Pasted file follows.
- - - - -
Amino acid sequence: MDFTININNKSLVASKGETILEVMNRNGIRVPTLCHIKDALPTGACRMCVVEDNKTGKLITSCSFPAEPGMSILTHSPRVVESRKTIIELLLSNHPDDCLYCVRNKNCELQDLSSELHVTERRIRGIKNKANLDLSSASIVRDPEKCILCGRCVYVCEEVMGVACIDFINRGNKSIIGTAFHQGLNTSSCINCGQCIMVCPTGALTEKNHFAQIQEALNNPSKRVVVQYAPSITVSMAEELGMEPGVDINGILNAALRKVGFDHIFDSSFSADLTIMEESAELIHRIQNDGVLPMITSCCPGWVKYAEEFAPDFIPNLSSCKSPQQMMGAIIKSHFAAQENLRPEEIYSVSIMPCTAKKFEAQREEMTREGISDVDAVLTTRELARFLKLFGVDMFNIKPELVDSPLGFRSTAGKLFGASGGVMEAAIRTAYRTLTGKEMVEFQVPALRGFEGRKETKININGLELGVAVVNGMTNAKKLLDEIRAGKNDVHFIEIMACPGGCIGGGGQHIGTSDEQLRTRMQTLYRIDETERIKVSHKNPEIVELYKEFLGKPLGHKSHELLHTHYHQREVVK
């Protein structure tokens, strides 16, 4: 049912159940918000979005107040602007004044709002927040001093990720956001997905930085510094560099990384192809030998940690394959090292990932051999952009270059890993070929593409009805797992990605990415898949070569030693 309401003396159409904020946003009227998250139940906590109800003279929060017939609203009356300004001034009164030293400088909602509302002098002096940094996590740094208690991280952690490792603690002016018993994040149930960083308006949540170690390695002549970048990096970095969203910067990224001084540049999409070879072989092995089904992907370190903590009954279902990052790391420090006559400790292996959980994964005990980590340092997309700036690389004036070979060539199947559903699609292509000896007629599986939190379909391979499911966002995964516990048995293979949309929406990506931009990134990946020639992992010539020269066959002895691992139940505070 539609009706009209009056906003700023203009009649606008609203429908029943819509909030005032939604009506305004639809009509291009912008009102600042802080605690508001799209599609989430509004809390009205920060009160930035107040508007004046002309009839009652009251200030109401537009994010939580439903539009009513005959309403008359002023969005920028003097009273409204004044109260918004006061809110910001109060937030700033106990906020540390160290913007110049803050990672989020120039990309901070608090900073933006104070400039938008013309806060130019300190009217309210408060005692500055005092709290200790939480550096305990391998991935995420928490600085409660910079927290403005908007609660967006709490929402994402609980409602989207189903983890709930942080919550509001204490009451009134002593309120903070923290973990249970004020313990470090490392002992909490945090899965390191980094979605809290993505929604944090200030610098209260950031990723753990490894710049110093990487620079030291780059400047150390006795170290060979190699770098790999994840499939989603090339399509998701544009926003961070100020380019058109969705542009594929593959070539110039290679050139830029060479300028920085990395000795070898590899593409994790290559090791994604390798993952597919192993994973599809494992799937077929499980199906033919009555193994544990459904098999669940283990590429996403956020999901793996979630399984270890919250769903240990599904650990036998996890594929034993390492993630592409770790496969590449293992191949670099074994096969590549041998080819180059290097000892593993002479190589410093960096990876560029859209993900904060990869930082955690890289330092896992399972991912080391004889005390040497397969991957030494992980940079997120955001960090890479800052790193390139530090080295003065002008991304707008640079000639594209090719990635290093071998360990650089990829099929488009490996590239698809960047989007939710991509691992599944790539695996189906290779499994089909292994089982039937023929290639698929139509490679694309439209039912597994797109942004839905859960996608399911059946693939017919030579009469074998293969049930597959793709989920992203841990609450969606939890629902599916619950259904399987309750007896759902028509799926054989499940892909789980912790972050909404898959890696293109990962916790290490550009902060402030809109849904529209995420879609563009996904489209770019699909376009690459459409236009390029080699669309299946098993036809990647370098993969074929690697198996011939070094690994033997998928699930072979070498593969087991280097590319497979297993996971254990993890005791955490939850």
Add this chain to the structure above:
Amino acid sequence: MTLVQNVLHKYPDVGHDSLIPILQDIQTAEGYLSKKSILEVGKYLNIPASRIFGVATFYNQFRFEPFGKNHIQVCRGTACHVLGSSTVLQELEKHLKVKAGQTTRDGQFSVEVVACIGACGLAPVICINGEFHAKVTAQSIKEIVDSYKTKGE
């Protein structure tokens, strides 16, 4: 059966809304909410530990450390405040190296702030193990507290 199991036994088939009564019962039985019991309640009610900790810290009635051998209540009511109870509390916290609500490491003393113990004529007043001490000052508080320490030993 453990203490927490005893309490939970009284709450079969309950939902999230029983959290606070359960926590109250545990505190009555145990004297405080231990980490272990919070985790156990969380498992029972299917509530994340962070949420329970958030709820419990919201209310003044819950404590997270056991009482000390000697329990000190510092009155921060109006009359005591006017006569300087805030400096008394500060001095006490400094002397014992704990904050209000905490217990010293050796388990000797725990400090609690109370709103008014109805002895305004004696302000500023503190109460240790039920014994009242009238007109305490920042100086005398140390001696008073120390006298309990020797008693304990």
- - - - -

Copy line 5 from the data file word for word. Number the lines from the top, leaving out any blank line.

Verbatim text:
């Protein structure tokens, strides 16, 4: 059966809304909410530990450390405040190296702030193990507290 199991036994088939009564019962039985019991309640009610900790810290009635051998209540009511109870509390916290609500490491003393113990004529007043001490000052508080320490030993 453990203490927490005893309490939970009284709450079969309950939902999230029983959290606070359960926590109250545990505190009555145990004297405080231990980490272990919070985790156990969380498992029972299917509530994340962070949420329970958030709820419990919201209310003044819950404590997270056991009482000390000697329990000190510092009155921060109006009359005591006017006569300087805030400096008394500060001095006490400094002397014992704990904050209000905490217990010293050796388990000797725990400090609690109370709103008014109805002895305004004696302000500023503190109460240790039920014994009242009238007109305490920042100086005398140390001696008073120390006298309990020797008693304990």